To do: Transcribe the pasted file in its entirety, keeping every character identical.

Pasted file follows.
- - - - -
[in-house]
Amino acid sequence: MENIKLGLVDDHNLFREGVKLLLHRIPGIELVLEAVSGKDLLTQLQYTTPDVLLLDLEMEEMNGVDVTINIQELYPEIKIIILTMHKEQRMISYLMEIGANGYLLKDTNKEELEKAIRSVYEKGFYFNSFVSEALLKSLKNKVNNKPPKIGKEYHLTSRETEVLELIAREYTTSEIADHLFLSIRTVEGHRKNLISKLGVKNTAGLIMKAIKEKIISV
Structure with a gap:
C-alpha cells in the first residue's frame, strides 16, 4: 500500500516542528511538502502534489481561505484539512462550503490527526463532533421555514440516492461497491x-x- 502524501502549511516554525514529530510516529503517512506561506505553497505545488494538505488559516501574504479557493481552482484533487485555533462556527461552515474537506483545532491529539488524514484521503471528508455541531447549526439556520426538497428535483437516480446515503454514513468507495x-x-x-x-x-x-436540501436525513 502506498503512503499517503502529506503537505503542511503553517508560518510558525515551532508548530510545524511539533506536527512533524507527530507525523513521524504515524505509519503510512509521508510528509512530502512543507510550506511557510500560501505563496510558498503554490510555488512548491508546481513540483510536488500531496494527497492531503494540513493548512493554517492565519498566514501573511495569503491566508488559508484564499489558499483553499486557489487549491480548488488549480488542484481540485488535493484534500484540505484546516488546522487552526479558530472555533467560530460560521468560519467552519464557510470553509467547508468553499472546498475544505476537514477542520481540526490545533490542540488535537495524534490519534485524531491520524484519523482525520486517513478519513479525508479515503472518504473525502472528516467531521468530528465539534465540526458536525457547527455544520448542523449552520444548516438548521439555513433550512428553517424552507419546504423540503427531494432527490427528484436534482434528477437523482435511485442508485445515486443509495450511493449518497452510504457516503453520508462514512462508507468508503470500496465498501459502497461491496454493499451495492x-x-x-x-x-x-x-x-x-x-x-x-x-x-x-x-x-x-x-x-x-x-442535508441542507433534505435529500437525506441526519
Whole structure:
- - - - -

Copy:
[in-house]
Amino acid sequence: MENIKLGLVDDHNLFREGVKLLLHRIPGIELVLEAVSGKDLLTQLQYTTPDVLLLDLEMEEMNGVDVTINIQELYPEIKIIILTMHKEQRMISYLMEIGANGYLLKDTNKEELEKAIRSVYEKGFYFNSFVSEALLKSLKNKVNNKPPKIGKEYHLTSRETEVLELIAREYTTSEIADHLFLSIRTVEGHRKNLISKLGVKNTAGLIMKAIKEKIISV
Structure with a gap:
C-alpha cells in the first residue's frame, strides 16, 4: 500500500516542528511538502502534489481561505484539512462550503490527526463532533421555514440516492461497491x-x- 502524501502549511516554525514529530510516529503517512506561506505553497505545488494538505488559516501574504479557493481552482484533487485555533462556527461552515474537506483545532491529539488524514484521503471528508455541531447549526439556520426538497428535483437516480446515503454514513468507495x-x-x-x-x-x-436540501436525513 502506498503512503499517503502529506503537505503542511503553517508560518510558525515551532508548530510545524511539533506536527512533524507527530507525523513521524504515524505509519503510512509521508510528509512530502512543507510550506511557510500560501505563496510558498503554490510555488512548491508546481513540483510536488500531496494527497492531503494540513493548512493554517492565519498566514501573511495569503491566508488559508484564499489558499483553499486557489487549491480548488488549480488542484481540485488535493484534500484540505484546516488546522487552526479558530472555533467560530460560521468560519467552519464557510470553509467547508468553499472546498475544505476537514477542520481540526490545533490542540488535537495524534490519534485524531491520524484519523482525520486517513478519513479525508479515503472518504473525502472528516467531521468530528465539534465540526458536525457547527455544520448542523449552520444548516438548521439555513433550512428553517424552507419546504423540503427531494432527490427528484436534482434528477437523482435511485442508485445515486443509495450511493449518497452510504457516503453520508462514512462508507468508503470500496465498501459502497461491496454493499451495492x-x-x-x-x-x-x-x-x-x-x-x-x-x-x-x-x-x-x-x-x-x-442535508441542507433534505435529500437525506441526519
Whole structure: